Cleaning out my email this morning I found one I had written to a friend.
It started out: “So it was a nice, calm day at work yesterday. By the afternoon I was sitting at my desk thinking, ‘Hooray!’
“It just felt like a good day to say, ‘Hooray!’ I even posted it as my Facebook status. Hooray!”
I went on to write about how my phone rang and it was my husband: “I didn’t do it. It’s not my fault,” he said, which is never a good sign.
Something was wrong with the computer, he said. I needed to call Dell as soon as I got home.
Calls to Dell usually last a minimum of an hour. My record is four hours.
“So, I left work early, which I planned to do anyway, but I wanted to go to the gym,” I wrote in my email. “Instead, I chatted with Chetan from somewhere in Southern India for two and a half hours. It only cost me $39.95 for some software and I could totally understand his accent without popping a blood vessel in my frontal lobe or anywhere else.
I was thinking about “Hooray!” days a few weeks ago as I visited a little girl I’ve been following ever since she was a baby. Now 8, Kinsey was having a “Hooray!’ day of her own.
She was born with Atypical Hemolytic Uremic Syndrome, which destroyed her kidneys. She also has severe cardiomyopathy, an enlargement of her heart’s left ventricle.
I had written about her when she was a baby and then when she was five and again a few weeks ago.
The day I met up with her and her family at a local park Kinsey greeted me saying “Hooray!” She had recently been placed on the kidney and heart transplant list.
When I asked her what will happen after her transplant she giggled and covered her face. “Then I can pee,” she said.
Because of her kidney damage, she doesn’t produce urine. When she gets a new kidney, she will. Can you imagine her joy when she can pee like any other normal little girl?
The day I met with Kinsey, her mom, dad, grandma and cousins were with her. They all say “Hooray!” for Kinsey. They said she lights up their lives.
I talked to her grandma about some hard stuff. She said of course they ask why Kinsey? Why their family? She said she had lost a daughter in a car accident 10 years ago, her only daughter. Their family has seen some sad times.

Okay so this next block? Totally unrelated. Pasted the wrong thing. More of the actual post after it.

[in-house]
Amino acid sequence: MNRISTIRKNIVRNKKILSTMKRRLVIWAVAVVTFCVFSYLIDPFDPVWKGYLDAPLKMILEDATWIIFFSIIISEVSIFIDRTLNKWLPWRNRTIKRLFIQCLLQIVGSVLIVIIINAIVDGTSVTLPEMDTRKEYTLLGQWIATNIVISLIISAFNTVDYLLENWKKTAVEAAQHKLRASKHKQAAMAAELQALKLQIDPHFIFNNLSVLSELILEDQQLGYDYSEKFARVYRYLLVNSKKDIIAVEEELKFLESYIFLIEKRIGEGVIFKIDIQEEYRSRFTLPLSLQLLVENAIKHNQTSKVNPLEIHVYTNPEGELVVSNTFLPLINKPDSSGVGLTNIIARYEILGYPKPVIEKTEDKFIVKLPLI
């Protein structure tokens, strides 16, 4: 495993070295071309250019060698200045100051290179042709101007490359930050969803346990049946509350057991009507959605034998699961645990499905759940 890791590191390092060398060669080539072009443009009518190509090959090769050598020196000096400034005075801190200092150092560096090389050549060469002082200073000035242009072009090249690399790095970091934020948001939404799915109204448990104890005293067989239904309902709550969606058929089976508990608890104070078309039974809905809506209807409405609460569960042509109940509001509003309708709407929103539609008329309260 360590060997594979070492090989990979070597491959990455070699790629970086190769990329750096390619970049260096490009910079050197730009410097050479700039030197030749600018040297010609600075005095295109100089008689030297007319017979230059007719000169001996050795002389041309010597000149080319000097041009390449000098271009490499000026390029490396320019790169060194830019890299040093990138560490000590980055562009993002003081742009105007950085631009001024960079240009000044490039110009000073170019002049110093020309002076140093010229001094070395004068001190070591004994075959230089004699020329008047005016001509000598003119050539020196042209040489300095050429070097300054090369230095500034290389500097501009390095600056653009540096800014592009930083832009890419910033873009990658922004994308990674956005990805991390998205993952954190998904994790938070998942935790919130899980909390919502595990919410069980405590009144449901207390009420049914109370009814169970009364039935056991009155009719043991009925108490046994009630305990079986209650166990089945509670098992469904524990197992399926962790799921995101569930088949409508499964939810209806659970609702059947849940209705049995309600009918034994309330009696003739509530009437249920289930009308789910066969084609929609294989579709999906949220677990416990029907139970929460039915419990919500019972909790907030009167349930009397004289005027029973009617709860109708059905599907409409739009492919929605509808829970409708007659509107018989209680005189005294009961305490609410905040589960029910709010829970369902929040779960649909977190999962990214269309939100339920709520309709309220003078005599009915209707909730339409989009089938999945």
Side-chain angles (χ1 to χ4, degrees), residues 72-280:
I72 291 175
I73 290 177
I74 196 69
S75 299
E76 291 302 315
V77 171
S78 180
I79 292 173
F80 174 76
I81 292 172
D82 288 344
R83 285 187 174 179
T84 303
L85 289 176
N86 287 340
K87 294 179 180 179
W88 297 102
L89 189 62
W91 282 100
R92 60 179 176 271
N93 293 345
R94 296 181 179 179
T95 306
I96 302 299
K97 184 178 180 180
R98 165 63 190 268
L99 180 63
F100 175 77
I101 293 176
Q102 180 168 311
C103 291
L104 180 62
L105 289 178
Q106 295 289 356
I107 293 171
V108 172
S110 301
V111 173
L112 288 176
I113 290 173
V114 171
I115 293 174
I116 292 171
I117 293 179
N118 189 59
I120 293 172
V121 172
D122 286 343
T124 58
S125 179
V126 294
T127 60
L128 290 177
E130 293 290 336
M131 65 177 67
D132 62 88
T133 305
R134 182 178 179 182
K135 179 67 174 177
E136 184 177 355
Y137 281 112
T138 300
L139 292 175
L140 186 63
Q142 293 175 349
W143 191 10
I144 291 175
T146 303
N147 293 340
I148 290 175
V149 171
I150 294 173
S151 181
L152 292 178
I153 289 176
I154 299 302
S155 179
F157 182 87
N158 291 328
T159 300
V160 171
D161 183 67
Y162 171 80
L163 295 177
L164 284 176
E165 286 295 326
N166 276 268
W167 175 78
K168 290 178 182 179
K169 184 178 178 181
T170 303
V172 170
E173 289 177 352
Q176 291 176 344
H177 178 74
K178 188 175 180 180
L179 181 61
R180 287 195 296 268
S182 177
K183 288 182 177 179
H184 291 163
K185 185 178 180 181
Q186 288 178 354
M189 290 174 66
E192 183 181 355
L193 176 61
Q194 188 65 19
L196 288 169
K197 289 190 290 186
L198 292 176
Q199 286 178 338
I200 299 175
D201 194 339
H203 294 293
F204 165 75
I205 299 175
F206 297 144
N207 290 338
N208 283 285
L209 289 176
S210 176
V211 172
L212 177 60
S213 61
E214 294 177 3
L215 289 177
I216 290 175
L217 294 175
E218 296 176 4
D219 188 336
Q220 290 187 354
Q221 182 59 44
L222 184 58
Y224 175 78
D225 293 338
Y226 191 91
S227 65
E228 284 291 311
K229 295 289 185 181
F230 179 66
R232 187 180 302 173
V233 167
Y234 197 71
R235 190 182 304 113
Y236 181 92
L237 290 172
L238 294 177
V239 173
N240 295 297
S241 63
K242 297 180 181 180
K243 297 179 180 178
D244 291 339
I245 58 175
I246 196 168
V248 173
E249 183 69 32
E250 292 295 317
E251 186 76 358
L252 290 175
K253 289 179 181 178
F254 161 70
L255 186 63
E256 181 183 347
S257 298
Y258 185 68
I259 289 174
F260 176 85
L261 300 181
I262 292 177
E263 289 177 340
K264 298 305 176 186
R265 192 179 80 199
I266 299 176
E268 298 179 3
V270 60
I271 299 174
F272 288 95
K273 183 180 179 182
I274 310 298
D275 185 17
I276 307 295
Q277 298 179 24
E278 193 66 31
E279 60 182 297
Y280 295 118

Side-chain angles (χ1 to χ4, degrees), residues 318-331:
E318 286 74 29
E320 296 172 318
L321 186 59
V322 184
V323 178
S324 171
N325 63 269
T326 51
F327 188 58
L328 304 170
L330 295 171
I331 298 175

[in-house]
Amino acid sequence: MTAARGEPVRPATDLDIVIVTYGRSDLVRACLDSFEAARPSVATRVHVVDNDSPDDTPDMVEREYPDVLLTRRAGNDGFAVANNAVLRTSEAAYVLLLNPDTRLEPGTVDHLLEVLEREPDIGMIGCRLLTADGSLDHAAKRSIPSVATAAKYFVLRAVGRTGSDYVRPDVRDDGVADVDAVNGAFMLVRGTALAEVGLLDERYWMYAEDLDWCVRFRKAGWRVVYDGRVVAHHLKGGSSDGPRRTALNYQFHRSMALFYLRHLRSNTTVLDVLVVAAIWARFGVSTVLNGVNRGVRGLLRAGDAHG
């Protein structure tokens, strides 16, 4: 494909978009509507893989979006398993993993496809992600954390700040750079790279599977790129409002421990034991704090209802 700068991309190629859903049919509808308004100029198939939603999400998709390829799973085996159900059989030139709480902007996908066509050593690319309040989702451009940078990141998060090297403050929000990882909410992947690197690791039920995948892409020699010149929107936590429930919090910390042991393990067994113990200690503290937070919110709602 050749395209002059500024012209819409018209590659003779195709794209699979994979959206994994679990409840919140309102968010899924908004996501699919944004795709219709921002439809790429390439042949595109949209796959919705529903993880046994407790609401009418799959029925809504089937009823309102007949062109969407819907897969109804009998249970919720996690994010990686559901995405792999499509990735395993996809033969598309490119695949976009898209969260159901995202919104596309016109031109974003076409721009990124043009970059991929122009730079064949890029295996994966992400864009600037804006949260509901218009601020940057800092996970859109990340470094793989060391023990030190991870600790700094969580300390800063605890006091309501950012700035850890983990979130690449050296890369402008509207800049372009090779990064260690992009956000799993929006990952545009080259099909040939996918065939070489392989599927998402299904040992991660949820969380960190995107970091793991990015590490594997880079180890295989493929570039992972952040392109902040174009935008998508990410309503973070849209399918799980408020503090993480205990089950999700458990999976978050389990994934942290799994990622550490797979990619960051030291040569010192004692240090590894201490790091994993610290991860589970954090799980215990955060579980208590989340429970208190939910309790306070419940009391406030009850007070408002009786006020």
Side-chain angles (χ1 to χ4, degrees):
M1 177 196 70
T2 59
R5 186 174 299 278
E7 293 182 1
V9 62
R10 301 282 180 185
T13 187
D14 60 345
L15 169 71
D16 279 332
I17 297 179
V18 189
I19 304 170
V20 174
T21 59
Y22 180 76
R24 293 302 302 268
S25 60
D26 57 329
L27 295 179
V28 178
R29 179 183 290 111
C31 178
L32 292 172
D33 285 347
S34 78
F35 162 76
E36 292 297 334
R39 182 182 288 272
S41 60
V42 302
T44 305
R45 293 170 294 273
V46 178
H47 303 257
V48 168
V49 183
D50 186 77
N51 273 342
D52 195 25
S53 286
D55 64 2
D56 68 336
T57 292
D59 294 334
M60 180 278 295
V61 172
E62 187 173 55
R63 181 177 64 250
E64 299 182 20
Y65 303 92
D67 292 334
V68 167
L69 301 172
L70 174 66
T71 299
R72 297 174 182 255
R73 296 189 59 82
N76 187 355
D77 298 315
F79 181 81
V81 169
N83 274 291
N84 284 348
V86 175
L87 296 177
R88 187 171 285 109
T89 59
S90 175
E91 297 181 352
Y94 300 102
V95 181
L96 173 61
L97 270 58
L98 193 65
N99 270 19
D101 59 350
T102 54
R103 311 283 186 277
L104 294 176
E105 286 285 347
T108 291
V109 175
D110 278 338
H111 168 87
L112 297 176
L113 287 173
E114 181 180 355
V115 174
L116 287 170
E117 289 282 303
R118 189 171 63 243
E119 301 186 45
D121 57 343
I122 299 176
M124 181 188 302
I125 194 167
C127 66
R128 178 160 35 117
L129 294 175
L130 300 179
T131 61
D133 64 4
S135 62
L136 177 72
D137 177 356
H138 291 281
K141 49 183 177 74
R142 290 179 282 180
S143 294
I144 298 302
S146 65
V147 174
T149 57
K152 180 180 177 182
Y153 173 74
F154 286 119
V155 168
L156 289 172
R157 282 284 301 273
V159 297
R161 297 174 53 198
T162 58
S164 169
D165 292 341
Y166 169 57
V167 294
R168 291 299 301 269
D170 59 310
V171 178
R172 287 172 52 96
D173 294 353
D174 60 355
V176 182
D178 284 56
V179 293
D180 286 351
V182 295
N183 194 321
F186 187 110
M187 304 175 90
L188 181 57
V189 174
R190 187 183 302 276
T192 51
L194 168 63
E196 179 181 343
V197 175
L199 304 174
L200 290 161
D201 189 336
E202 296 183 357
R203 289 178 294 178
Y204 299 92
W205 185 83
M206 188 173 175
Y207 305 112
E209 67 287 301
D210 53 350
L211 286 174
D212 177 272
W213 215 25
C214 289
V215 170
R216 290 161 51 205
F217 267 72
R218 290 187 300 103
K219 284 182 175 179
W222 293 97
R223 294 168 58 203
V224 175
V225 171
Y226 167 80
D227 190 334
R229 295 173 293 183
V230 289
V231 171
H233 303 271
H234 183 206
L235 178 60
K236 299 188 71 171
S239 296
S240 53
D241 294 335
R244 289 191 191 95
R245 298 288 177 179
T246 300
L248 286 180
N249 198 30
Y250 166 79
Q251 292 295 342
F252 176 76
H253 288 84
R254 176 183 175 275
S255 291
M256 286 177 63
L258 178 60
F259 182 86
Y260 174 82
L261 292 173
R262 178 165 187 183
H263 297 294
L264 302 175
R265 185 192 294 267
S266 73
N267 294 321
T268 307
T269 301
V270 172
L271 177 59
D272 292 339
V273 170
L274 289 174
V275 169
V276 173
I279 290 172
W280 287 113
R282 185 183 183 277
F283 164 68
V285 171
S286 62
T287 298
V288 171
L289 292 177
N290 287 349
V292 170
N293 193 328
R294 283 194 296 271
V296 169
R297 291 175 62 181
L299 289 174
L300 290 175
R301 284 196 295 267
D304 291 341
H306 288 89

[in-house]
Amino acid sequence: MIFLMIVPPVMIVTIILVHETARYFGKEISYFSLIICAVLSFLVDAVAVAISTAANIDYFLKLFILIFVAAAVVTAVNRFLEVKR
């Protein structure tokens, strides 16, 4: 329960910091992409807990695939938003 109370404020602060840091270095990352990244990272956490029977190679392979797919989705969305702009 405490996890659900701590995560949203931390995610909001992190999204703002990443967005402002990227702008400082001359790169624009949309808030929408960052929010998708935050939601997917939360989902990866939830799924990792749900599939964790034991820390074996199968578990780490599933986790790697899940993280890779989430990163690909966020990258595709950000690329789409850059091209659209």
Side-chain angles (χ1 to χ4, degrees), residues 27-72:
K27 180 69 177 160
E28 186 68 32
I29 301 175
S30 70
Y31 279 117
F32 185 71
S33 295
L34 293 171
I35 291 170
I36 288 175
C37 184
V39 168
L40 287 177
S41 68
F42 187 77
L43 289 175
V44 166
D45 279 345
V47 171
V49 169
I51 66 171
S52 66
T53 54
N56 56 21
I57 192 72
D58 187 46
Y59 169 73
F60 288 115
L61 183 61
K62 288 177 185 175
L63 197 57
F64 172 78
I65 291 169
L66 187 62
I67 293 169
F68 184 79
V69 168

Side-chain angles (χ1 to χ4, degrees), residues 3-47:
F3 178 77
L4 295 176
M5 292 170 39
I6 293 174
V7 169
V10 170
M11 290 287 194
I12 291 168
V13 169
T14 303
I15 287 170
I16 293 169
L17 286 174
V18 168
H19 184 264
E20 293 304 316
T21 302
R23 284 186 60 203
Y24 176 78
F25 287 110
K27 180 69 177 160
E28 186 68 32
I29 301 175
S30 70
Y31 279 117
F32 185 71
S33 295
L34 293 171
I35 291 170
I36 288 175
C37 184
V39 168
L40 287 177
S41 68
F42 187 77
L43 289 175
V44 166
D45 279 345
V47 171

She said when Kinsey was born and she had so many things wrong with her. At one point she spent more days in the hospital than home. She said she knew that if any parents were the right ones to care for this tiny, fragile child, it was her son and his wife.
She had worked with physically handicapped children herself years before and her son, Kinsey’s dad, had shown a genuine and profound tenderness toward her students. Kinsey’s mom is a nurse.
She said God knew what he was doing in sending her youngest grandchild to them, that they’ve embraced the life God has given them and they all know that he holds them in his hands.
As she was talking to me and as I watched Kinsey’s cousins push her on the swing at the park I couldn’t help thinking that when God looks at all of them and how they all love and care for her with great perseverance despite being bone tired, he surely says, “Hooray!”
Sometimes I’m cynical and pessimistic and see glasses half-empty, but mostly I believe in “Hooray!” I believe that God knows when life is about to hand someone a curve ball or a lemon or whatever metaphor you want to use for a situation that brings us to our knees.
I believe that he gives us sweet moments of grace on either side and throughout our hard times, that we have lots of opportunities to say “Hooray!”
I believe that life is hard, but God is good and that nothing is impossible with him and that with him all things are possible.
I believe that nothing can separate us from the love of God, that he cheers us on and never lets us go through dark days alone.
To that, let all God’s people say, “Hooray!”
Nancy Kennedy is the author of “Move Over, Victoria - I Know the Real Secret,” “Girl on a Swing,” and her latest book, “Lipstick Grace.” She can be reached at( 352) 564-2927, Monday through Thursday, or via email at firstname.lastname@example.org.